Adult children live in a bittersweet world of loss and gratitude regarding aging parents. Barbara Crooker’s poem All Saints Day captures this emotional mixture as it attends her mother’s leaving…
All Saints Day
By Barbara Crooker
It’s one day past the Day of the Dead, and this has been
a bad year, six funerals already and not done yet.
But on this blue day of perfect weather, I can’t muster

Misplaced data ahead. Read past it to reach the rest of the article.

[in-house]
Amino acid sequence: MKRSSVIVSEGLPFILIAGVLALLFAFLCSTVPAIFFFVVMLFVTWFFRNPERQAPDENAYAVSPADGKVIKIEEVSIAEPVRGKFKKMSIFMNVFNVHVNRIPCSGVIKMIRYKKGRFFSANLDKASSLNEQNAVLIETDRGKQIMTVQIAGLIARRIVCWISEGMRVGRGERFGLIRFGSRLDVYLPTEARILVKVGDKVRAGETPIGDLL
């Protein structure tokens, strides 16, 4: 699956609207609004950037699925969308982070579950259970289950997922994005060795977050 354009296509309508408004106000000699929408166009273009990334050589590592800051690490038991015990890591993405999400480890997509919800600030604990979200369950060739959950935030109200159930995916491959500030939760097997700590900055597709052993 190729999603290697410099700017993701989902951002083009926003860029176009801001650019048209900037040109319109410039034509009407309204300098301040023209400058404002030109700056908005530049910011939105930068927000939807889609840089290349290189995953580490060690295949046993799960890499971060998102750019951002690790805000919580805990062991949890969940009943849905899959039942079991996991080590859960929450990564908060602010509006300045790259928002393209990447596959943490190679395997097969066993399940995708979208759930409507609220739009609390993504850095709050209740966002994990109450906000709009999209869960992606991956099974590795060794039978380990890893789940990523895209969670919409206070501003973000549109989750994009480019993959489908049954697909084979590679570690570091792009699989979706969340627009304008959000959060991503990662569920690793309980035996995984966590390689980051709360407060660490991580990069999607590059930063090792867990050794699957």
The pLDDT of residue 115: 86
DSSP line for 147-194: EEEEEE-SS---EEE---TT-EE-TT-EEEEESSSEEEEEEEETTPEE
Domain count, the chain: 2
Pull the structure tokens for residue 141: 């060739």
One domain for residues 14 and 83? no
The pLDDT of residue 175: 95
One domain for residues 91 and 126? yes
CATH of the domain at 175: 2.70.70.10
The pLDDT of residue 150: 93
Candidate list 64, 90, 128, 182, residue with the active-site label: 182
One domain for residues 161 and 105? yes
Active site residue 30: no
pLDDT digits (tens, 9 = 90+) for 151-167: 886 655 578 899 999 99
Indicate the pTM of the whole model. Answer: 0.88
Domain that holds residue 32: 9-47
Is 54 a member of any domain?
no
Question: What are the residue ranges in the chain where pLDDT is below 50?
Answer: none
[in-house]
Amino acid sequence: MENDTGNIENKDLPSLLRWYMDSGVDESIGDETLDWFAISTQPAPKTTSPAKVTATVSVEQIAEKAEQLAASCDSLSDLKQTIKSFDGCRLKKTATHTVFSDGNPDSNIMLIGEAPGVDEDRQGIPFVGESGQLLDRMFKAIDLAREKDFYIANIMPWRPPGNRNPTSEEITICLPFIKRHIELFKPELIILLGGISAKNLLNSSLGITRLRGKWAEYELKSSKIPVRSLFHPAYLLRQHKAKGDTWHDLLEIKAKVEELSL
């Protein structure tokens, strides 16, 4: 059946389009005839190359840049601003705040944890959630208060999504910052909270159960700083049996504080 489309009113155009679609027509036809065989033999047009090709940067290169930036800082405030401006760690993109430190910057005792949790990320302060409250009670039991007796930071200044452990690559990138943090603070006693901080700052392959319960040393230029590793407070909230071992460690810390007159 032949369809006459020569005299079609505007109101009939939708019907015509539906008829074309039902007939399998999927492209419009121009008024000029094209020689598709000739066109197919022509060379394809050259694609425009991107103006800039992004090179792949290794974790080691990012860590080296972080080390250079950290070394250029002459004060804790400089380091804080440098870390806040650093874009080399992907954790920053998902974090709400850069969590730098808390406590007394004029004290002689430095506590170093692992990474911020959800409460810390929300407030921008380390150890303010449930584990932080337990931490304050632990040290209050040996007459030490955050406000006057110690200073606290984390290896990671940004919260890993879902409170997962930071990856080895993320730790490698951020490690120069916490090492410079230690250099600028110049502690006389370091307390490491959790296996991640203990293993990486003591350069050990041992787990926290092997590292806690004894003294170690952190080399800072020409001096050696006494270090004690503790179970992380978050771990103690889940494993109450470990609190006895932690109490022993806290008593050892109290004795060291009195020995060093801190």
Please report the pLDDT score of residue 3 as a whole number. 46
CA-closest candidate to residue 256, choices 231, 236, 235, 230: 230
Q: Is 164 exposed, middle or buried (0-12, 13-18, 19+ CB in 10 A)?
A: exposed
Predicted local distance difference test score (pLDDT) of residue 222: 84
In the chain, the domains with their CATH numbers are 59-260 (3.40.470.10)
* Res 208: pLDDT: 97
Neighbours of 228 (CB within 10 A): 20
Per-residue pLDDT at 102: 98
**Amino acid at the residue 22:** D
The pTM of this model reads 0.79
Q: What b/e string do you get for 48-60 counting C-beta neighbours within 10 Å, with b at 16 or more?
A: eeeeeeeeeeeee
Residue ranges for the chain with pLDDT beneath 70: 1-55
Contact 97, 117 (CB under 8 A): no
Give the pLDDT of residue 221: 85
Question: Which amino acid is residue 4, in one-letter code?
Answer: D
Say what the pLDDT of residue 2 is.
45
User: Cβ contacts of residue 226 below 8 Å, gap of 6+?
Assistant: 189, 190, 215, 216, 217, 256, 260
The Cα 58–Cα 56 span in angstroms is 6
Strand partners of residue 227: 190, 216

sadness, for the trees are radiant, the air thick as Karo
warmed in a pan. I have my friend’s last book spread
on the table and a cup of coffee in a white china mug.
All the leaves are ringing, like the tiny bells of God.
My mother, too, is ready to leave. All she wants now
is sugar: penuche fudge, tapioca pudding, pumpkin roll.
She wants to sit in the sun, pull it around her shoulders
like an Orlon sweater, and listen to the birds
in the far-off trees. I want this sweetness to linger
on her tongue, because the days are growing shorter
now, and night comes on, so quickly.